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White Heat: 70th Anniversary of an American Crime Classic

3 Sep

On September 3, 1949, 70 years ago today, Raoul Walsh’s crime thriller, WHITE HEAT, opened in the U.S.  Its star, James Cagney, was renowned in the 1930s for his gangster portrayals in such films as PUBLIC ENEMY, G-MEN, and EACH DAWN I DIE, but he hadn’t made a crime film at all in the ten years since the prohibition saga, THE ROARING TWENTIES (1939), also directed by Walsh. During that time, Cagney made war films, comedies, melodramas and the flag-waving musical, YANKEE DOODLE DANDY. By 1949, gangster fans were itching for the old Cagney, while younger filmgoers needed to be reminded what he was most famous for. The original trailer for WHITE HEAT is chock full of violent, graphic action, with Cagney a relentless, murderous force, snarling, punching and shooting his way through a quick, brutal rehash of the film’s plot in three minutes: train robbery, prison, daring escape, pursuit by the Feds, and an explosive climax at a chemical plant in Southern California. Older fans were beside themselves with gleeful anticipation, while the younger ones’ jaws dropped. As the trailer put it, “It’s your kind of Cagney / In his kind of story / Blazing his way to the top of the world!”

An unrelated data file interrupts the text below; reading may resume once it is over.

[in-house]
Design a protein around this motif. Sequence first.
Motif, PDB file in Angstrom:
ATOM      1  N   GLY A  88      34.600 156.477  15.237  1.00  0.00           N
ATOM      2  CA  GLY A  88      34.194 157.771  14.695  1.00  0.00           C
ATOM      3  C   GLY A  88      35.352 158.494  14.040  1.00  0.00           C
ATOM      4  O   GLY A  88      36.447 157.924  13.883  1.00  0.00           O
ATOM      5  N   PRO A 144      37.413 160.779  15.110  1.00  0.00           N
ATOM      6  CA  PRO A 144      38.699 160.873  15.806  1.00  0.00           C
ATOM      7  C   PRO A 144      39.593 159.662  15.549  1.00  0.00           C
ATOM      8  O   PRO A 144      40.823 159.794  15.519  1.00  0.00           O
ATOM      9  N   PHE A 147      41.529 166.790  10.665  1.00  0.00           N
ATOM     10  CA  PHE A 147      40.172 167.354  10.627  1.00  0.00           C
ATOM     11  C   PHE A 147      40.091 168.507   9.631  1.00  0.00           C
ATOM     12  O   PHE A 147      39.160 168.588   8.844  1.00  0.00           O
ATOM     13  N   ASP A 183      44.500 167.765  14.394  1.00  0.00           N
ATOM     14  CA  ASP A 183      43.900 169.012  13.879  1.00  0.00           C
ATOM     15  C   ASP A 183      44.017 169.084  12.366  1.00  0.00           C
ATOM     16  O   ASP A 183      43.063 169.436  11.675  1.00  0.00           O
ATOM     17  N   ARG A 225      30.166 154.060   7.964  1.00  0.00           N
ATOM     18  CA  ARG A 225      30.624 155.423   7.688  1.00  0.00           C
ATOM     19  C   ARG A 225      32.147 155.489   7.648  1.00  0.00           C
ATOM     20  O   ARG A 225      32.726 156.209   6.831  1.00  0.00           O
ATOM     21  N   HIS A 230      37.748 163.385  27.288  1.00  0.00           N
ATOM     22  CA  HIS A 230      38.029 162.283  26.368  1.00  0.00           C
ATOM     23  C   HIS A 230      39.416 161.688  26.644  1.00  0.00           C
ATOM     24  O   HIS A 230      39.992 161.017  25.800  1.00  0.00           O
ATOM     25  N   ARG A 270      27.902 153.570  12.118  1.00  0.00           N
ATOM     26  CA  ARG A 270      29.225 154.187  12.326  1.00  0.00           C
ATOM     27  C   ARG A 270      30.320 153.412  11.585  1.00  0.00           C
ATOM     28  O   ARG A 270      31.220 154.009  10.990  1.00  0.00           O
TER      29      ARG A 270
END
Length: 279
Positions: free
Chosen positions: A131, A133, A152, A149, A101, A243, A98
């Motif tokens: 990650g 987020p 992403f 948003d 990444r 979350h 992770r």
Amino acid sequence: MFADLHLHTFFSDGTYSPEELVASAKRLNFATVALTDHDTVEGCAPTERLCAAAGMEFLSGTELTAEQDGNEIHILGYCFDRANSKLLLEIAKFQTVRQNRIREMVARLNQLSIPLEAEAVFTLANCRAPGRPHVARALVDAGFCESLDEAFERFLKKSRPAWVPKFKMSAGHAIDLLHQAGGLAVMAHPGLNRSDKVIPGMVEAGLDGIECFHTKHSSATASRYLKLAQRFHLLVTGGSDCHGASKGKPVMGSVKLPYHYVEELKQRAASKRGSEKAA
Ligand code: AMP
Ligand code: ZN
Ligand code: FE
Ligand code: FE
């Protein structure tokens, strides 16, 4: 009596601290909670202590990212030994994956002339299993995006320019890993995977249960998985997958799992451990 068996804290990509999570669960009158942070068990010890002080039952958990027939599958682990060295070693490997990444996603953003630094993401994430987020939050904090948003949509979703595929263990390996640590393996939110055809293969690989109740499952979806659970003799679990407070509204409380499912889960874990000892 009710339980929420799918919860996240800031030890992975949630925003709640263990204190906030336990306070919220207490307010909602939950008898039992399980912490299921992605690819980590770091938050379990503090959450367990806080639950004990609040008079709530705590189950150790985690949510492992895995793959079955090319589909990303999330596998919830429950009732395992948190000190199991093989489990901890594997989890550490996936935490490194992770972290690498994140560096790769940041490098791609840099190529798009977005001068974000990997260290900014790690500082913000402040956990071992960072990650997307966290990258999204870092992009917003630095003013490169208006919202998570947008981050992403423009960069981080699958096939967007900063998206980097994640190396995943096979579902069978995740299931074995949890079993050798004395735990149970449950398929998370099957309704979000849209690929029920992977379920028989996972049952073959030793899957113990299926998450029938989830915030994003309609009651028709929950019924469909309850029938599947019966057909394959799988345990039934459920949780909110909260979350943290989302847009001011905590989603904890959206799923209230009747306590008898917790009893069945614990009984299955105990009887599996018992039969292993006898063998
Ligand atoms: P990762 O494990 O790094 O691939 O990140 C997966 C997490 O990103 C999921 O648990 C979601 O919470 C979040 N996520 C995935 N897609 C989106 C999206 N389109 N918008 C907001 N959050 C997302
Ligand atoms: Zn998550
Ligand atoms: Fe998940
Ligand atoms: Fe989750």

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The Blaxploitation Era: A Scrapbook from the ’70s

20 Feb

In going through old file boxes from the 1970s, I found a number of clippings that effectively illustrate the Blaxploitation era of Hollywood filmmaking, a period from roughly 1971-75, when action and other genre films showcased black heroes and heroines, usually in reworkings of standard genre formulas. They were made quickly and cheaply to capitalize on a trend that could fade out at any time as it eventually did after its peak in 1972-73. These films played grindhouses and neighborhood theaters but also, for a time, premiered at the biggest Broadway movie palaces and commanded ads and constant press coverage. I usually saw them at Bronx neighborhood theaters where they were often paired with Italian westerns and, later, kung fu films, a trend which gradually displaced Blaxploitation. I’d like to share some of what I clipped 45 or so years ago, supplemented by movie stills from my collection and posters copied from IMDB and other sites.

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Steve Cochran Centennial

25 May

Steve Cochran would have turned 100 today, May 25, 2017. (He died in 1965.) He was a character actor who was most active in the 1940s and ’50s, most often playing dark, good-looking heavies in crime films and westerns. He was under contract for a while to Samuel Goldwyn Productions and later to Warner Bros. where he made what I consider to be his best films. He’s probably best known for WHITE HEAT (1949), in which he had a key supporting role as one of the robbery gang led by cold-blooded killer Cody Jarrett, played masterfully by James Cagney in his spectacular return to gangster roles after a decade away from the genre.

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Edmond O’Brien Centennial

10 Sep